I like looking at things and really thinking them through. If you do this carefully once, you can just automatically do the correct thing forever after that.
So, basic things - when taking the lid off the coffee, where do you put it?
Me? Depends if there's coffee on the bottom of the lid. If so, topdown, bottom up:
No coffee? Then bottom down on the table, keeping the top of the lid cleaner.
I did some laundry a day before checking out of the hotel I was staying at. I wasn't sure if it'd dry one day before I was leaving, but I figured worst case scenario I'd have to put some slightly wet clothes in a plastic bag and then wash them again sometime.
I think about it, and I'm tentatively going to just read a book while blowdrying for a few minutes, and then I get an idea:
I like thinking about things. Just spending five minutes thinking something over can save a lot of time.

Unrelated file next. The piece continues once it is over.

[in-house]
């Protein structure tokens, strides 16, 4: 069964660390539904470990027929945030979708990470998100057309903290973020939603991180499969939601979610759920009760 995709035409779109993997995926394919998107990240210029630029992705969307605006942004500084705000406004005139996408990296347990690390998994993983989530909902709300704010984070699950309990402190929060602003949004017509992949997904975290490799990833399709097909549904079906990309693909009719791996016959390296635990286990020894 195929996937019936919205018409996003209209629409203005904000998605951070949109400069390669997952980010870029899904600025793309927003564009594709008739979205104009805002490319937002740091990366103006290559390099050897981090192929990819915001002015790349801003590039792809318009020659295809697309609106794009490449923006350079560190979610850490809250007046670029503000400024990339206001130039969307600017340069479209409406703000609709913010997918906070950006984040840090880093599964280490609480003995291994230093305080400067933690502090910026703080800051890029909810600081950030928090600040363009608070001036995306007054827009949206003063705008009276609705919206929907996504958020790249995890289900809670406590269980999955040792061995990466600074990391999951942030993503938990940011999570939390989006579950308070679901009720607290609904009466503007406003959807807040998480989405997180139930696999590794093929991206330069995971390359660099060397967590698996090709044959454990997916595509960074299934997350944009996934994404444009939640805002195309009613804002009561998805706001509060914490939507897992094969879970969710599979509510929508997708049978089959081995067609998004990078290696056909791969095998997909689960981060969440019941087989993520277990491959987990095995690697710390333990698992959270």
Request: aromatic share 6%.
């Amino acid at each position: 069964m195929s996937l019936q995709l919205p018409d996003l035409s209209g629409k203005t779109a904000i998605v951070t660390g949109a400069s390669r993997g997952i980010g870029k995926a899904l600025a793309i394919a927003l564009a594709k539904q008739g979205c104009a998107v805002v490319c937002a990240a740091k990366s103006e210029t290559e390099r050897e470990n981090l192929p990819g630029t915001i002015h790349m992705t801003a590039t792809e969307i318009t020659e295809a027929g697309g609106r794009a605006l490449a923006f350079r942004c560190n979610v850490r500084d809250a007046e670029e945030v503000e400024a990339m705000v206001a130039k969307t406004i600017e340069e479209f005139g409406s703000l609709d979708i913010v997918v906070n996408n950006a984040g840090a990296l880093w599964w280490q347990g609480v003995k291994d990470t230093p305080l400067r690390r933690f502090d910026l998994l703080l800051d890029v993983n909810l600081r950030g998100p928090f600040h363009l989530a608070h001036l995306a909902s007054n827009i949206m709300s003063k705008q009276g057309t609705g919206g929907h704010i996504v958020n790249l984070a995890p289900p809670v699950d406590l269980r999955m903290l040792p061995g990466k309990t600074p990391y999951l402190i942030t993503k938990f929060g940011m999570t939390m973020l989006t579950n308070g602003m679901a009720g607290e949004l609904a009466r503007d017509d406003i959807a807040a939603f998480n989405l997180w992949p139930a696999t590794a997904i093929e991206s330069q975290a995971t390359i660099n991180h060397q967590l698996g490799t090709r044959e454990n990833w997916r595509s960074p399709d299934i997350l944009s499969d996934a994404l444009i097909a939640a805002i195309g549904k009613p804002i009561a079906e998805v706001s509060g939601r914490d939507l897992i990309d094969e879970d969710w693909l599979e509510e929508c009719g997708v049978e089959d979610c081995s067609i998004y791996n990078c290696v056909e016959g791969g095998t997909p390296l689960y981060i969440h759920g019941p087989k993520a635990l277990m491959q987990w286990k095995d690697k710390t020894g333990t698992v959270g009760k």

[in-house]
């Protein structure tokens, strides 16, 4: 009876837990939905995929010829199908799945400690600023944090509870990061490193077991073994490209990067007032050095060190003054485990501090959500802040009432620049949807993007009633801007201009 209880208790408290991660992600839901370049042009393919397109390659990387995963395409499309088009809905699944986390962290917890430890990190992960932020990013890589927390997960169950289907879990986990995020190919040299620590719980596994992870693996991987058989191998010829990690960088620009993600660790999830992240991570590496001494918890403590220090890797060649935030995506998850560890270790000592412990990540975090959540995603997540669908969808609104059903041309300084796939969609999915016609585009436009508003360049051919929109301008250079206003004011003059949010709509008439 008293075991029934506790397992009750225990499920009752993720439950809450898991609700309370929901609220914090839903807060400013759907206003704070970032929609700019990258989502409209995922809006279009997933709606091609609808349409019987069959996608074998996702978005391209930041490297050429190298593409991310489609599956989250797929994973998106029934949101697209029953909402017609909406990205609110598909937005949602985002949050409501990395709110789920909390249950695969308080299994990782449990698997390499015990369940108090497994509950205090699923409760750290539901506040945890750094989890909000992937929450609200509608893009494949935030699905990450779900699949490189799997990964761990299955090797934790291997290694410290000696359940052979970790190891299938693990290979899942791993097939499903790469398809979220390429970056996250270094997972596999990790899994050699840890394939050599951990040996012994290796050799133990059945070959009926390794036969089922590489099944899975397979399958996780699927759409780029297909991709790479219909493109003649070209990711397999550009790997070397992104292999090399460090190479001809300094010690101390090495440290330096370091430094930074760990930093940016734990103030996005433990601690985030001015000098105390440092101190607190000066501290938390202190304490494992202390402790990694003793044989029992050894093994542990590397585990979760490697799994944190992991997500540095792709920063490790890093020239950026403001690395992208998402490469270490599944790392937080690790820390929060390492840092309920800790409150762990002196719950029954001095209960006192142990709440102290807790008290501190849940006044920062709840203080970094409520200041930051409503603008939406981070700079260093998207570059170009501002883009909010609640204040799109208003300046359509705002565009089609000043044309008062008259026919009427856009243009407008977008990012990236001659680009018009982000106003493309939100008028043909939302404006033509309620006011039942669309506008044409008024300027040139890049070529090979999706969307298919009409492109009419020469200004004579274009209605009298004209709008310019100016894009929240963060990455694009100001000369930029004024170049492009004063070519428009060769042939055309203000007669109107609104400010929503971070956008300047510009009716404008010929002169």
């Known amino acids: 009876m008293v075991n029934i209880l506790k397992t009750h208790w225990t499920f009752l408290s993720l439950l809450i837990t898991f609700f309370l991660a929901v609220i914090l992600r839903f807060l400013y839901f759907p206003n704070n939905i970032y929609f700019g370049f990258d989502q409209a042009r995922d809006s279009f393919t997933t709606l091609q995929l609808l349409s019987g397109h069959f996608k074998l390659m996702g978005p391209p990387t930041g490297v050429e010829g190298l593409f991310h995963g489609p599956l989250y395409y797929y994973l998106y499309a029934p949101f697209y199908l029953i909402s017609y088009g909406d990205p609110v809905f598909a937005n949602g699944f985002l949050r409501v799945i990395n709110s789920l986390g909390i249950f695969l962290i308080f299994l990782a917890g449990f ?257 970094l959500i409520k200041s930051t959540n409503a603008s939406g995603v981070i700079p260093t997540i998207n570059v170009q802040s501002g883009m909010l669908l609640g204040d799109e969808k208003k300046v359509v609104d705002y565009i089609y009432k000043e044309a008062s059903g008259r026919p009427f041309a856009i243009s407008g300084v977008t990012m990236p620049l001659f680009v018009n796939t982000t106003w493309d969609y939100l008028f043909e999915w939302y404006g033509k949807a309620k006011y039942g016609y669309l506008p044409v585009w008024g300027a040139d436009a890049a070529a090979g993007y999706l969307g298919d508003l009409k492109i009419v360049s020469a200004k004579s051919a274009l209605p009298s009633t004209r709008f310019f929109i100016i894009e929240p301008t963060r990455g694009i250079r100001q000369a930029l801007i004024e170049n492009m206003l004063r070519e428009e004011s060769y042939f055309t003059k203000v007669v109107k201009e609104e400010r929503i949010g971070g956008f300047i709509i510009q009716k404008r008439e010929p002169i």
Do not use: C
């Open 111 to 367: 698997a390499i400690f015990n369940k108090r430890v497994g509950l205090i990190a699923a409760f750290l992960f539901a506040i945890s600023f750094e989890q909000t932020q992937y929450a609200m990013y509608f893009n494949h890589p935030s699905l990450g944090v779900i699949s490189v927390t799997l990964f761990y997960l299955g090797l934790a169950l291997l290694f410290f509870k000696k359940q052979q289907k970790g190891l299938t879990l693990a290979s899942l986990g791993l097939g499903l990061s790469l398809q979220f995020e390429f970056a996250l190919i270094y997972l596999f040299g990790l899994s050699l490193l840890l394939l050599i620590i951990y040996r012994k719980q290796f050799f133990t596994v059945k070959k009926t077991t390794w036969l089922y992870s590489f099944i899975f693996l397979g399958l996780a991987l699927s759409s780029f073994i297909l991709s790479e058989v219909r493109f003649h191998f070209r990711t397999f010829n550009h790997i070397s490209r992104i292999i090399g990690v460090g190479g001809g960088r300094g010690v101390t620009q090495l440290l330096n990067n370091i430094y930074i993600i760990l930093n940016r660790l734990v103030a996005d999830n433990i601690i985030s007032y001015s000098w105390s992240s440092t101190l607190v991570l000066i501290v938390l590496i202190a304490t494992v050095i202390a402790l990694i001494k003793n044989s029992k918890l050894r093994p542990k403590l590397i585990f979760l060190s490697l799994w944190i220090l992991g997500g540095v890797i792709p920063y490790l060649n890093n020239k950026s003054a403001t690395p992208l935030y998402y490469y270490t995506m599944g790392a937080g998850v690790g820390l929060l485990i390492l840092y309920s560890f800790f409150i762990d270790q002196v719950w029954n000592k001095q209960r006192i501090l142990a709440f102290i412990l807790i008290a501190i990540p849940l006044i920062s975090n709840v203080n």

Yesterday I announced that a 23 page writeup of my travels and lessons for the year called "Era One." You can download your free copy here - Era One - Download PDF
This is an excerpt from Era One, if you haven't gotten your copy yet.
The Korean Bathhouse
2010 had been up and down for me. But the two weeks I’d spent in Guilin were fantastic, I felt really revitalized. After that, Beijing was okay, and then my visa was up – where to go next?
I decided and flew to Seoul, South Korea.
Need a quick shot of energy but unwilling to mess around with Colombia's number two agricultural export? Try coffee. It's legal, and you're almost never more than a few steps from a fresh pot. It is served everywhere, all day long: bus stations, hotel lobbies, restaurants, cafés and even on the street from vendors who will pour a splash of brown gold into a little plastic cup for about US $0.10 [50 øre]. It's not always good, but it sure is ubiquitous.
(Our Lonely Planet guide gives us the buzz on Colombian coffee.)
Today we made an excursion to a place called Colombia's coffee heart: Chinchiná, 21 km from Manizales. There we visited the coffee plantation Guayabal.
Guayabal is a family farm. Both the owner (whose name I never did catch), her son Jorge, and her sister Adriana had grown up on the farm. They were all very friendly, but none of them spoke good English. Jorge's son Juan Juan was my age, but we had no language in common.